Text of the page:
Stonehaven RNLI’s early morning sailing vessel rescue
Stonehaven RNLI came to the aid of a sailing vessel early this morning (Thursday 27 May) after it developed engine problems.
The vessel was heading north under sail and had reached Dunnottar Castle, just south of Stonehaven, when the wind dropped at around 1am.
Weather conditions at the time were very good with flat calm seas.
Attempts were made to start the engine, but these were not successful. As concerns grew that the tide might pull the boat towards the rocky coast, the UK Coastguard called out the station’s inshore lifeboat
Jamie Hunter, which was launched at 4am.
Having reached the vessel and confirmed the two members of crew were safe and well, RNLI crew mechanic Paul Sim was taken on board and having assessed the situation, was able to get limited power from the engine.
This allowed the sailing vessel to be escorted into Stonehaven harbour just after 7am.
Speaking just after the call-out, helm Andy Martin said: 'It was certainly an early morning pager call for our volunteer crew, and they quickly got to the scene.
'It had the potential to become quite dangerous for the sailing vessel, but Paul’s mechanical experience and expertise came in very handy.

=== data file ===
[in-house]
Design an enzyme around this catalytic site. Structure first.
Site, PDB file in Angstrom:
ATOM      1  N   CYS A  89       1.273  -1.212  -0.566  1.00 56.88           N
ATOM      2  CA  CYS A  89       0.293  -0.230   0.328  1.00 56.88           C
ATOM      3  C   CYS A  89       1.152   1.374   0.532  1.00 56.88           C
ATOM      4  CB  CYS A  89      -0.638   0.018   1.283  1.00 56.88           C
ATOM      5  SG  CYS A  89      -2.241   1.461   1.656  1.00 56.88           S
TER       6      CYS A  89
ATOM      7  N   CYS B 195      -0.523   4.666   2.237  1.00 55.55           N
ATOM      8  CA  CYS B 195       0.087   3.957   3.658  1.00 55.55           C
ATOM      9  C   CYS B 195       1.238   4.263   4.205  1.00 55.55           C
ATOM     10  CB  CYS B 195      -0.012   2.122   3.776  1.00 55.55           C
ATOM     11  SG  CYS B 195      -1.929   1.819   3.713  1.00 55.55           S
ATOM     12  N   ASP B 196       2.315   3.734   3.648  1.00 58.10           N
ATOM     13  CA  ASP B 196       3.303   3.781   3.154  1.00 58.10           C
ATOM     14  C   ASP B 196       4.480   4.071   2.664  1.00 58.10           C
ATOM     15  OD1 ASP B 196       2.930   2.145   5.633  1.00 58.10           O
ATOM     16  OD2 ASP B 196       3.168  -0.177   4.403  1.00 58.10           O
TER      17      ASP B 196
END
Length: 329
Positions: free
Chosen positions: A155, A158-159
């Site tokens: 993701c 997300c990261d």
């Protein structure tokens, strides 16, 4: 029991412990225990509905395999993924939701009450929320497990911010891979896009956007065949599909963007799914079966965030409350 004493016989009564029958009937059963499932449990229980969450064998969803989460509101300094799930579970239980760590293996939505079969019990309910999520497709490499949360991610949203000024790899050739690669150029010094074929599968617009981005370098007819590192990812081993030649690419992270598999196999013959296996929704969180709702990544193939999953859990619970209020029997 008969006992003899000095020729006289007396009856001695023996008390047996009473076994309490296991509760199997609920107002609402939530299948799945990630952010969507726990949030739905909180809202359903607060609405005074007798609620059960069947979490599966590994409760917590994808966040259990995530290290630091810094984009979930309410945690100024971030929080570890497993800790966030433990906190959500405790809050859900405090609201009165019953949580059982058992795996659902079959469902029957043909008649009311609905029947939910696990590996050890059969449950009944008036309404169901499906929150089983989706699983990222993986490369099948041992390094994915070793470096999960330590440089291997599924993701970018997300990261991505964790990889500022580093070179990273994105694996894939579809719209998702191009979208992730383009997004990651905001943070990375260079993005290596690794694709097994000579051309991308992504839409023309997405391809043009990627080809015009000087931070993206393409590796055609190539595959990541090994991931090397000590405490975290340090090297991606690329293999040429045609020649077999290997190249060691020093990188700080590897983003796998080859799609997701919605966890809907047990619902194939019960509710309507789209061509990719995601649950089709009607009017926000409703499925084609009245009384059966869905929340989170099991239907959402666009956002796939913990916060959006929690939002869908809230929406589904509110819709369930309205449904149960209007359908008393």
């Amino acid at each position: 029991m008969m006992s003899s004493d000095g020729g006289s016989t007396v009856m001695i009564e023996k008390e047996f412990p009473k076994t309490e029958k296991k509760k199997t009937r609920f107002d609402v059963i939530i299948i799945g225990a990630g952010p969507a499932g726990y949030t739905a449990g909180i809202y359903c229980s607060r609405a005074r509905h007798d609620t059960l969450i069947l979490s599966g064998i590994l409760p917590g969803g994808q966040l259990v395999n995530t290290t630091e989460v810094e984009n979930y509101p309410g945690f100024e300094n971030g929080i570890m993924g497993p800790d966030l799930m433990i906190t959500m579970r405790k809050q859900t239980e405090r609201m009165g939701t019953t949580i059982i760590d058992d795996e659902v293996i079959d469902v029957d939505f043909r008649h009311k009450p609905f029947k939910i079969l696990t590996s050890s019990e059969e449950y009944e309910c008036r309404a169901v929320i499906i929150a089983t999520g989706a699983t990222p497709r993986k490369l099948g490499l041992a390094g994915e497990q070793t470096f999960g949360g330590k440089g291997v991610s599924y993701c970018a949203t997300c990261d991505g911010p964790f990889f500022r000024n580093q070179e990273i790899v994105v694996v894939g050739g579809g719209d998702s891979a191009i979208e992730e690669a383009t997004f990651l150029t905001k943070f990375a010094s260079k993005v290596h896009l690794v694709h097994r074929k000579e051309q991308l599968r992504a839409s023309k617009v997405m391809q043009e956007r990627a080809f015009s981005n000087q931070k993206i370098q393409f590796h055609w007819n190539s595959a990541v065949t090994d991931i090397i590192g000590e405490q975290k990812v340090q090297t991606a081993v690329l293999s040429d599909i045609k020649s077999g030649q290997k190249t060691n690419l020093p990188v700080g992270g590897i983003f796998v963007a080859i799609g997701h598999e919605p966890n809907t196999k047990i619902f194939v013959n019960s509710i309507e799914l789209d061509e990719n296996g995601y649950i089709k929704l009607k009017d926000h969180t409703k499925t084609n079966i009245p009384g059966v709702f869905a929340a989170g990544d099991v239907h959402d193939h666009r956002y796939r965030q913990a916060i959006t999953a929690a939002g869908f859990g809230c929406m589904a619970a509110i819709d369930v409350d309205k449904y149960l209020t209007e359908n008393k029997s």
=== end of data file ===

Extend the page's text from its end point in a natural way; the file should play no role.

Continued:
'We are pleased to have been able to help and the situation worked out with everyone recovered safe and well.'
Key facts about the RNLI
The RNLI charity saves lives at sea. Its volunteers provide a 24-hour search and rescue service around the United Kingdom and Republic of Ireland coasts. The RNLI operates over 238 lifeboat stations in the UK and Ireland and, in a normal year, more than 240 lifeguard units on beaches around the UK and Channel Islands. The RNLI is independent of Coastguard and government and depends on voluntary donations and legacies to maintain its rescue service. Since the RNLI was founded in 1824, its lifeboat crews and lifeguards have saved over 142,700 lives.